CHICAGO -- The Los Angeles Kings were desperate.
Already down two goals against the Chicago Blackhawks midway through Game 2 of the Western Conference Final on Wednesday at United Center, the visitors knew they could not allow another goal if a rally was in the cards.
"Give up three against them, you're in trouble," Kings coach Darryl Sutter said afterward.
Yet the Kings were on the verge of allowing that backbreaking third goal. They were a mess in their own end, unable to get out of their own way.
Chicago was using its speed to push the Los Angeles defenders back, its patented stretch pass creating prime scoring chance after prime scoring chance. At one point, top defenseman Drew Doughty was caught by television cameras smashing his stick against the boards while he sat on the Kings bench. It was an outburst Doughty later admitted was the result of how lackluster the Kings' own-zone play was for the first 30 minutes of the game.
But Jonathan Quick, the Kings' all-world goalie, did what he does perhaps better than any other goalie in the NHL: He kept the Kings within striking distance, including with a game-changing save against Blackhawks defenseman Brent Seabrook at 12:43 of the second period.
"That was a big save," Kings forward Tanner Pearson said. "It kept us in there. It could have been a game-changer. That gave us the momentum."
Less than six minutes later, the Kings scored a fluky goal, Mike Richards banking a pass off the skate of teammate Justin Williams, allowing the puck to trickle through the legs of Blackhawks goalie Corey Crawford.
The Kings scored five times in the third period on their way to a 6-2 victory that changed the complexion of this best-of-7 series, which is tied 1-1.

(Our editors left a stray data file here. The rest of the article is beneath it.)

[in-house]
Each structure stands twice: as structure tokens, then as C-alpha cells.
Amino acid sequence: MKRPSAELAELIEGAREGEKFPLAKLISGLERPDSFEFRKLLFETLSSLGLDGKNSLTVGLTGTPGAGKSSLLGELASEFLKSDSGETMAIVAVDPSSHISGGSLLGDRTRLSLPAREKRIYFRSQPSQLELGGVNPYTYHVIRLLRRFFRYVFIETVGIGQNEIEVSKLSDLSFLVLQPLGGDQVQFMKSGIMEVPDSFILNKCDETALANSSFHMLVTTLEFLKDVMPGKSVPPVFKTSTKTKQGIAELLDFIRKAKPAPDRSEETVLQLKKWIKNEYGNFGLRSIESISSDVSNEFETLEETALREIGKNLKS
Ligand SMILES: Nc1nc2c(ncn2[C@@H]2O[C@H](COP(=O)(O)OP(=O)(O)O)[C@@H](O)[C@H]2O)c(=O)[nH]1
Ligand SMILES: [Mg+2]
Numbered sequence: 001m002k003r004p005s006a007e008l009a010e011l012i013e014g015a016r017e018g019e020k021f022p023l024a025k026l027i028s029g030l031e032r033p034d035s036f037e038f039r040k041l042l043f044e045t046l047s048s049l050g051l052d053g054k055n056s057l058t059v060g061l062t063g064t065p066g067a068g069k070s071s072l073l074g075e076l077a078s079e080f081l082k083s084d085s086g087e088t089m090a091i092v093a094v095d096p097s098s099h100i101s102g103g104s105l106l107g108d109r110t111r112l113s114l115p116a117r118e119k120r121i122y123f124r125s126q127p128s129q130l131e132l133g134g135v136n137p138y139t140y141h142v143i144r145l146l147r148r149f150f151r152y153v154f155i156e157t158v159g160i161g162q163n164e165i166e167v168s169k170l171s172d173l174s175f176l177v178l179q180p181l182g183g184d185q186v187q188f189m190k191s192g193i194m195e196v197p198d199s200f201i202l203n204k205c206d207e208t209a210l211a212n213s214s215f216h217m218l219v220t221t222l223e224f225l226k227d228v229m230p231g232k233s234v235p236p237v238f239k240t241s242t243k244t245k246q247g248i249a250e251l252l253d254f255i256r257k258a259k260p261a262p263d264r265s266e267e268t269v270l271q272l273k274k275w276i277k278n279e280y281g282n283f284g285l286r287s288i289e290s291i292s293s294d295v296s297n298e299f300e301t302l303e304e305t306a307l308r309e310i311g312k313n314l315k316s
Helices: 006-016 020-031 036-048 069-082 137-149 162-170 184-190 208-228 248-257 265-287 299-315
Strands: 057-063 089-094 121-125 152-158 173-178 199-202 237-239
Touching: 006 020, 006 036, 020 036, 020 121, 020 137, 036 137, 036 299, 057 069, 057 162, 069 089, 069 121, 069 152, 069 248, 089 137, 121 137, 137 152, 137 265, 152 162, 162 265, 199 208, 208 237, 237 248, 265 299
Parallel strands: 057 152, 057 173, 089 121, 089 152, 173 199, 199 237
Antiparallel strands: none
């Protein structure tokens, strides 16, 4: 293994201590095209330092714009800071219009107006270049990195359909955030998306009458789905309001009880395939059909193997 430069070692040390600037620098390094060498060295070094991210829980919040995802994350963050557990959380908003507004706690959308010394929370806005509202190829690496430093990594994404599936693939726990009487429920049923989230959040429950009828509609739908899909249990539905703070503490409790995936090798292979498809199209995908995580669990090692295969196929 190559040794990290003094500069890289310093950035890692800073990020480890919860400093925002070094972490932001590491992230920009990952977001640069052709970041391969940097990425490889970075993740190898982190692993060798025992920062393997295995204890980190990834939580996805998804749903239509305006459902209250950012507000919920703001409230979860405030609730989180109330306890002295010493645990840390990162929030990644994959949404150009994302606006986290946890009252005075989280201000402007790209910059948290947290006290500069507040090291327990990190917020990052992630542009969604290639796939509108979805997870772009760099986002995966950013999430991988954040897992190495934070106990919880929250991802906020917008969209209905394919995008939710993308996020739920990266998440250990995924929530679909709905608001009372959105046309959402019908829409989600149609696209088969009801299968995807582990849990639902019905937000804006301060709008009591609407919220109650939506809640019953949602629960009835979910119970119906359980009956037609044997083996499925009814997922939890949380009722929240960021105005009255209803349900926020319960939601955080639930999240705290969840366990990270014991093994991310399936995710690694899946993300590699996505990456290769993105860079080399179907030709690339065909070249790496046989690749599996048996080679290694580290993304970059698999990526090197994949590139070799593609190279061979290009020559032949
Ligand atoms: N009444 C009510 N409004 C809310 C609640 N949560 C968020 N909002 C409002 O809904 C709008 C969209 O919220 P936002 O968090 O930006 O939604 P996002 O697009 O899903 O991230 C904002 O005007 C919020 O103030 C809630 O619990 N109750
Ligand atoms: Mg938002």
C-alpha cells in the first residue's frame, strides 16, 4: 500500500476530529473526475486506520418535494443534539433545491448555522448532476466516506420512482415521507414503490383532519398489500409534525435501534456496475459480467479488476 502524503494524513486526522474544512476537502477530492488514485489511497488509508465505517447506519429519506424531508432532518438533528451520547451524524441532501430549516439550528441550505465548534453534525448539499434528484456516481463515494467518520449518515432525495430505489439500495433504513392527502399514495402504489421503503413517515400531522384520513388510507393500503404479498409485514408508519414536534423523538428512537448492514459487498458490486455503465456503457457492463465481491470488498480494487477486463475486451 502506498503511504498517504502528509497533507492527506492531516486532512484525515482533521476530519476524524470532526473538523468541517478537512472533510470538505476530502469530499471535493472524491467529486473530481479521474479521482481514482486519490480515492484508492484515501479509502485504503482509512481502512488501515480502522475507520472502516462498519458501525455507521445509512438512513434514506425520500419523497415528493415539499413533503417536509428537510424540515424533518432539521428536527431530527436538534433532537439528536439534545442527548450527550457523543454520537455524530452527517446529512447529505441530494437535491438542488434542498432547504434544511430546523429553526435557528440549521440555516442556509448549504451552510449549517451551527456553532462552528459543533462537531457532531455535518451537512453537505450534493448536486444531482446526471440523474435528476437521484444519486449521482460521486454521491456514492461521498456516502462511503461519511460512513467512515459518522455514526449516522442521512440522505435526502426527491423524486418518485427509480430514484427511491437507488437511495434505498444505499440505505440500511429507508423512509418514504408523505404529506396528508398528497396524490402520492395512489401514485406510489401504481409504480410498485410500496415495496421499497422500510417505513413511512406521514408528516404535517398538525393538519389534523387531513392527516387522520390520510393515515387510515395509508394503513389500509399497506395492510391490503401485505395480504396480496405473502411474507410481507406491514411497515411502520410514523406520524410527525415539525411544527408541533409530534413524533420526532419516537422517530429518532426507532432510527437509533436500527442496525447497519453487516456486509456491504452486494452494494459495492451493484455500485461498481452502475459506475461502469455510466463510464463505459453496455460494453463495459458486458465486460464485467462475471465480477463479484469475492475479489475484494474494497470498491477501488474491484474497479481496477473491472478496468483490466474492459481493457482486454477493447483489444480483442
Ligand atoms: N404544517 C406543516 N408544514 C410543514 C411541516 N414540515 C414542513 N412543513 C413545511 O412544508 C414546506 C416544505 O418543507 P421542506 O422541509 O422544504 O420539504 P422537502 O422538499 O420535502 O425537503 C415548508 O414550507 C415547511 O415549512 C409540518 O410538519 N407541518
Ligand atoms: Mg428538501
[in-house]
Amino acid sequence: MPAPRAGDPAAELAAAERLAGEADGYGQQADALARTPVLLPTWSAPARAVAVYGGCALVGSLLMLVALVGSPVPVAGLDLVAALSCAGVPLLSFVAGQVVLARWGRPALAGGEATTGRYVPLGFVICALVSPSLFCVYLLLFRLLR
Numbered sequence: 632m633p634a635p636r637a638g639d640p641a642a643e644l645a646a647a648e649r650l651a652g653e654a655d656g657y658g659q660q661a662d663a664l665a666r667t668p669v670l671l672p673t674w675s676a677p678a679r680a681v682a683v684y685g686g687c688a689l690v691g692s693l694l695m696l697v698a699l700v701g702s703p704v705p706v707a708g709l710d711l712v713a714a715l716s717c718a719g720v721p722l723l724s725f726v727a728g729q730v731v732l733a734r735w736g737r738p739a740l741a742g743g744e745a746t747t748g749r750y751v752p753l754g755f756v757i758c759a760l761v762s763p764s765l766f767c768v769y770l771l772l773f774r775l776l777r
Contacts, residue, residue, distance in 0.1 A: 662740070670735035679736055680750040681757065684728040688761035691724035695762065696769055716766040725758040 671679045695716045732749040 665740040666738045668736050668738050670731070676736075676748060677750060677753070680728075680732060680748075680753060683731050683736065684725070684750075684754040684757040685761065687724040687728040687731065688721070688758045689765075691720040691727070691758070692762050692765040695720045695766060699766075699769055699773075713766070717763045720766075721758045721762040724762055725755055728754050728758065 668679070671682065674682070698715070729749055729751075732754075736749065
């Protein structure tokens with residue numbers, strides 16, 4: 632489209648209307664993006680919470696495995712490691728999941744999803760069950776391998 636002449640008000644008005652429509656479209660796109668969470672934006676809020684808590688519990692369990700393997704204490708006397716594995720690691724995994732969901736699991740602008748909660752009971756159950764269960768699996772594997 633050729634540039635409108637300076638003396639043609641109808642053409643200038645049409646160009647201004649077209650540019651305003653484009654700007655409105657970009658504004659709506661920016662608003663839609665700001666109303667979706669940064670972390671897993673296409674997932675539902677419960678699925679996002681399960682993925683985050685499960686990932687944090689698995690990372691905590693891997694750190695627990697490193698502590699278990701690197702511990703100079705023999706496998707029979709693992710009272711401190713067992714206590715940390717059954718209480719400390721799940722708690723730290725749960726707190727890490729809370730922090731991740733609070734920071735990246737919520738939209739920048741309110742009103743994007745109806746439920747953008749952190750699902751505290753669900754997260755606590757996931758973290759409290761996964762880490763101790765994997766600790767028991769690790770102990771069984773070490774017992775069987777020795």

By handing Chicago its first loss at United Center this postseason, the Kings salvaged an unlikely split and seized home-ice advantage when the series switches to Los Angeles for Game 3 on Saturday (8 p.m. ET; NBC, CBC, RDS).
On the flight home in the early hours of Thursday, Quick will get more than a few hearty congratulations from his teammates, many of whom were still amazed that their goalie found a way to deny a seemingly sure goal by Seabrook on perhaps the most dangerous of the Blackhawks' many odd-man breaks.
Chicago forward Kris Versteeg carried the puck into the zone with Seabrook to his right. Versteeg made a beautiful saucer pass to hit Seabrook in stride. The defender had half a net to shoot at, but as he snapped his wrists, the opening disappeared in a sliding blur of white and black.
"He just passed it across; Seabrook is a right shot, so it was a different angle than if it was a one-timer opportunity," Quick said. "Just trying to get over to the post. [I was] fortunate to get a piece of it."
When it comes to Quick, he readily makes his own fortune, often benefitting the Kings in the process.
"That's just a prime example of him being himself," Doughty said of the save against Seabrook. "It was a huge save for us."
Chicago captain Jonathan Toews admitted it was a huge save after the game, but argued that it did not dictate the outcome of the rest of the game.
Chicago coach Joel Quenneville argued his team was good at 2-0, even after the disappointment of not getting a third goal on that chance. He liked the game his team was playing, at least through the first 38 minutes.
But neither understands fully how these Kings feed off the brilliance of their goalie.
"Obviously, we all know what [Quick] brings to our team," said forward Jeff Carter, who had a hat trick in the third period. "We're down 2-0, 2-1, he's making saves like that. If we don't go out there and give it our all, try to get that next goal, we're letting him down.
"He saves our butts a lot. I guess we're happy that we could help him out tonight."
The Kings have made many in-game comebacks this postseason. After reviewing virtually every one on film, many Kings say they can point to one or more saves made by Quick that kept the game at a manageable state.
"Lots. Lots," Kings forward Jarrett Stoll responded when asked how many times Quick allowed the Kings to find their footing and rally this postseason. "He's so athletic; he is going to make those saves sometimes. That's what you need. You need those big saves to win a game. The Seabrook one was an example of that tonight, and we found a way to win in the third."
And now the Kings are no longer desperate.